Ultrabooks can do serious work? I don't think so, not with their weaker processor variants that prioritize power consumption over processing power, low resolution screens and anemic GPUs. They lack the raw CPU computational power to do serious work, the GPU is too weak to pick up the slack for heterogeneous computing and the crappy screens make everything from graphics editing to working with spreadsheets tedious.

I'd believe that the laptop that can convert to a tablet will take the place of #3, obviating the "traditional" tablet, since they have all the advantages of the laptop and almost all the advantages of the tablet, with none of the traditional tablet disadvantages. JMO.


Peanut Fox

What you've described sounds a lot like Microsoft's Surface.



I think he meant "serious" as in modifying docs, spreadsheets, ppt presentations, etc... in their native software like Office and such.

In other words, tablets are more of a consumption device whereas netbooks can be considered a more of a creation device.



That's kind of why I feel like BlackBerry is positioning themselves with tablets, where they positioned themselves with iPhones 5 years ago when they called the iPhone/Smartphones "passing fads."



I agree with pretty much with what you said minus your comment about desktop PC's and gamers needing their fix. Many professionals still prefer the raw power of a desktop. As an engineer and an investor, I prefer having my desktop and triple monitor setup. I have much larger screen and my desktop doesn't get hot and act like it's going to die like my last laptop did. My laptop is used fairly like you described. Only when I need the similar performance of my desktop on the move. Tablet like you said is where my wife, kids, and parents are always on today. Social media is easier on a tablet for them, watching movies and playing music/games. Phone is just the pocket version of that experience.



Wanna know what else is a passing fad? Blackberry.



+1 zing!



HIYO!!!!! lol

**No seriously though, is this the same guy that said 5 years ago that the iphone/smart phones were a passing fad and put Blackberry in a downward spiral then?(Note Z10 is finally an iphone clone, BlackBerry can survive missing one boat, now that it looks like Arnold missing some skin in Terminator. But if it misses another it's going to be Arnold as the Terminator in T2 when he's being dipped into the molten metal bath)



Today's tablets won't be around in 5 years. Most of them are running gimmicky OSes. Android is not for serious work. iOS comes close but is still too centered around content consumption. Win8 is a resource hog waiting for either the hardware to catch up or for MS to get serious about developonig a lightweight OS and actually supporting it for more than 6 months.

What options are there? Well, Chrome OS might make sense but the lack of apps hurts. Win8 maybe but MS has got to get serious about making Windows lighter and developing some real out-of-the-door apps for Modern UI. The base apps are weak compared to what is avaialbe on iOS and Android. Linux would be cool if some hardware parterns got serious in working with Ubuntu or another distro.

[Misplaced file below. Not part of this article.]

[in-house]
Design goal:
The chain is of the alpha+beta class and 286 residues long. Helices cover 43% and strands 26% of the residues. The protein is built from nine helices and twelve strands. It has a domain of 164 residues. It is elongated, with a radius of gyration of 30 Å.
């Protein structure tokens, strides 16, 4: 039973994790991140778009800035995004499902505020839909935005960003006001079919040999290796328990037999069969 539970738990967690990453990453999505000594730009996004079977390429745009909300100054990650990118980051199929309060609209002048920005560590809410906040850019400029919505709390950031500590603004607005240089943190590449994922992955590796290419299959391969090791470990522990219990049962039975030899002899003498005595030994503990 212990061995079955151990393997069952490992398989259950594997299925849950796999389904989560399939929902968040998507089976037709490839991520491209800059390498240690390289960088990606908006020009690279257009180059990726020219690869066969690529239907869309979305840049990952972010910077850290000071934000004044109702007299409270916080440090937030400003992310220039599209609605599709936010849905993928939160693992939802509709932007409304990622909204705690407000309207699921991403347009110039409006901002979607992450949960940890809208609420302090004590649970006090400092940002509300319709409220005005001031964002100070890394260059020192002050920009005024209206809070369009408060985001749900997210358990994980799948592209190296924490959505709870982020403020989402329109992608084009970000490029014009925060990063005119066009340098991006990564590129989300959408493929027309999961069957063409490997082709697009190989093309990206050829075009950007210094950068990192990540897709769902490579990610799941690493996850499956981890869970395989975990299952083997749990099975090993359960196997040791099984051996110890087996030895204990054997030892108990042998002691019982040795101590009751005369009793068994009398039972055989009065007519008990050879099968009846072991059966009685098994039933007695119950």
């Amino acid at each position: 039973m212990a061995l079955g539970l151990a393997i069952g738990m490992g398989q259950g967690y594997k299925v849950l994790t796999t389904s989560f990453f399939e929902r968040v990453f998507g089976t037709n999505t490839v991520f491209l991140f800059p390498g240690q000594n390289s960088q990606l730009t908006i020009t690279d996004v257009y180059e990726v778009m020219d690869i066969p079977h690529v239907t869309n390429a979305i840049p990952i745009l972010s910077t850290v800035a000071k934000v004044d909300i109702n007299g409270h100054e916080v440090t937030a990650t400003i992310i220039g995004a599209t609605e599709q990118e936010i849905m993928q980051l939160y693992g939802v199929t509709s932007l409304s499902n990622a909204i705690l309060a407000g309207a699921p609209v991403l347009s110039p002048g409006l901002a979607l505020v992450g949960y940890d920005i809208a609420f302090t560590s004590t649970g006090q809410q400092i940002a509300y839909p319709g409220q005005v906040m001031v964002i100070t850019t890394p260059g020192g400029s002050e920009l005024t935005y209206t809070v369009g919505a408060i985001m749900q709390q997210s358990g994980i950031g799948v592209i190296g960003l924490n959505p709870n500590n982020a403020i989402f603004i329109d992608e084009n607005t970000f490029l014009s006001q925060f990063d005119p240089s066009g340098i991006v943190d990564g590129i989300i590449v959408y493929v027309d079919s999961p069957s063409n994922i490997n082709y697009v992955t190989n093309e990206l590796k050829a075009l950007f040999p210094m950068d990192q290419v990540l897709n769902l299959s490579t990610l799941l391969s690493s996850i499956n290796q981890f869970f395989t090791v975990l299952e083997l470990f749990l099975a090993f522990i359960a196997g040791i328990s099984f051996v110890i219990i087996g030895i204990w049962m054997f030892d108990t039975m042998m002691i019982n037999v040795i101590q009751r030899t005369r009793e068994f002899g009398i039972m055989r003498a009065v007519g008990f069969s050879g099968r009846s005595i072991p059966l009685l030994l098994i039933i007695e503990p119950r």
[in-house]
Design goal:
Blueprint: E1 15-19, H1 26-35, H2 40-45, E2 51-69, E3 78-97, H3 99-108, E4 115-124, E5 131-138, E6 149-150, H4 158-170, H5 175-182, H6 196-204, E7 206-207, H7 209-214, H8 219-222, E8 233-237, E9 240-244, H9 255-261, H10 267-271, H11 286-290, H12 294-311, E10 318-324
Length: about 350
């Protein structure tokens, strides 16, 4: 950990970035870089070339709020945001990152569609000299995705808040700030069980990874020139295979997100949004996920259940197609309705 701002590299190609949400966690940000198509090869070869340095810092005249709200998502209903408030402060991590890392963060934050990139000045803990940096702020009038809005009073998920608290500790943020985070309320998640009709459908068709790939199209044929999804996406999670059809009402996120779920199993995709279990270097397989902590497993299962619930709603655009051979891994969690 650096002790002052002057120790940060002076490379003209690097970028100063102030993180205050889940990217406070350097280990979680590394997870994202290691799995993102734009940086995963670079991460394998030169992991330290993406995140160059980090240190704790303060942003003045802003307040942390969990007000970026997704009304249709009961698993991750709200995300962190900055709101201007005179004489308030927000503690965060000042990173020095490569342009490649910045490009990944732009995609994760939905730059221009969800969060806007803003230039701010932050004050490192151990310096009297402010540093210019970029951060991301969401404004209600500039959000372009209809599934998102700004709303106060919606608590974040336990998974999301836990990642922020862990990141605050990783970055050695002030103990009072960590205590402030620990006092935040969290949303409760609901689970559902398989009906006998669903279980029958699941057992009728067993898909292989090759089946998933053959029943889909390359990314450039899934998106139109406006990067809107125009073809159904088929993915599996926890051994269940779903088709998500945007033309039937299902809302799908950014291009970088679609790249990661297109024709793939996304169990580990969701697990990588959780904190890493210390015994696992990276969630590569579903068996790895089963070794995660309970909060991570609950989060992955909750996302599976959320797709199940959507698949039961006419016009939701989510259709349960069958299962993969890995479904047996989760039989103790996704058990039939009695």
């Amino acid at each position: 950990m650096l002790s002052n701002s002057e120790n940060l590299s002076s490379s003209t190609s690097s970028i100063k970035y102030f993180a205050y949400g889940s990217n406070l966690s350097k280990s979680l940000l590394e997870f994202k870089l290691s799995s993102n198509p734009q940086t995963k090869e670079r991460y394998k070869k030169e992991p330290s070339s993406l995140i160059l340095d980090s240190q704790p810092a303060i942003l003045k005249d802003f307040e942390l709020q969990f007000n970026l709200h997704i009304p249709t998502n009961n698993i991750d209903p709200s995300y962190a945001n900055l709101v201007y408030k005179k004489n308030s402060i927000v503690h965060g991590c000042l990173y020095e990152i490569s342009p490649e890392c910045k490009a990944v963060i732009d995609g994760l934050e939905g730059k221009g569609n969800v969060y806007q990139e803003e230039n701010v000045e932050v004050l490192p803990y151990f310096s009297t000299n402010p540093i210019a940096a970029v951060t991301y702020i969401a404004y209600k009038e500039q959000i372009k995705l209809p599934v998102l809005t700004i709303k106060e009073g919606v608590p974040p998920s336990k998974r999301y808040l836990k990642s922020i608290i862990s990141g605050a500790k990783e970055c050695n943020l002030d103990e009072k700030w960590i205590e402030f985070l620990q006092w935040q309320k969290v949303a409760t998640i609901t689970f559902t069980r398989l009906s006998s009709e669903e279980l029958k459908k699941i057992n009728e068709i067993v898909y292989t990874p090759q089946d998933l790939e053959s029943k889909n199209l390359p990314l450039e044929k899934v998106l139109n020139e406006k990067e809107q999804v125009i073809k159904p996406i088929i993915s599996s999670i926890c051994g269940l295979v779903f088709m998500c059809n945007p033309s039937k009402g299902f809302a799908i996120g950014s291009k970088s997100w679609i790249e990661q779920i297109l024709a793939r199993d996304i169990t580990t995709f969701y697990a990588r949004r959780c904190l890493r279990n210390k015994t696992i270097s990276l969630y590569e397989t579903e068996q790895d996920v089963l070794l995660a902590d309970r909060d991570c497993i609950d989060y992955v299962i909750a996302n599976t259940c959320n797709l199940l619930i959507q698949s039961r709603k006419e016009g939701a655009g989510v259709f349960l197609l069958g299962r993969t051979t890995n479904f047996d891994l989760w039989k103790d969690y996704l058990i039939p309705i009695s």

Apple will probably be first though. If there's anyone who has the design chops to get a productivity oriented OS onto a portable device like a tablet, it will be them. Yeah, it will still be a walled garden, and yeah you'll be paying a few hundred more than you think you should, but the followers of Apple won't mind.

Of course, this all depends on people doing something more with their computing devices than just content consumption. If the masses still demand just Youtube and Facebook and Twitter, then we'll watch the whole space stagnate.

Maybe Heins is right and the subtle detail is that it is users who will fail to advance from consumption to creation, leaving the devices with no growth future other than being toys.



"Today's tablets won't be around in 5 years." No crap, it'll be 5 years from now. lol
(** Blares the "this guy's a genius!" trumpets**)

No seriously though, everyone knows mobile platforms aren't for work unless you truly believe you're Tony Stark and you have some space age projection phone that's wildly overcompensated in a fictional movie. You build a desktop if you aren't limited to buying an expensive label on a mediocre machine and then you pull about 25x the power of a tablet to do productivity work.

I feel ike Windows 8 is a good platform waiting for people to stop bitching, adopt, and make their own apps instead of bitching about "how they want to be productive on a tablet but no apps are made already for me."(Probably the easiest way to spot you as a FanBoy) how many other OS's are designed to work on phones, tablets, mouse and key and touch desktops/laptops and a modern video game system @ the same time? what's that? You don't know one... okay, sit down and do a little facey facey facebook on your apple and let the grownups talk ok?

Meanwhile, you're right about Apple having the "design chops" as they don't really have any "engineering chops." I mean it's cool, I know you need photoshop and garageband on your tablet so you can blog about your shitty self entitled obscurely named hipster band and post your newly redesigned(cause of apple's design chops) 2 year old hardwares. But us grown ups sending rovers to Mars, and running Lard Hadron Colliders, and doing advanced game physics are going to continue to "create content" for you, the "power viewer" to enjoy and act like you understand on facebook. Don't worry, there'll still be tons of people that know slightly less about computers than you for you to talk down to.



Maybe if Steve Jobs was still around, I could see Apple bringing that down first. At the current standing, I wouldn't be surprised to see someone like Samsung beating them to the punch. But other then that, I entirely agree with your assessment.


The Mac

That $117 playbook is re certified, ,might want to clarify that.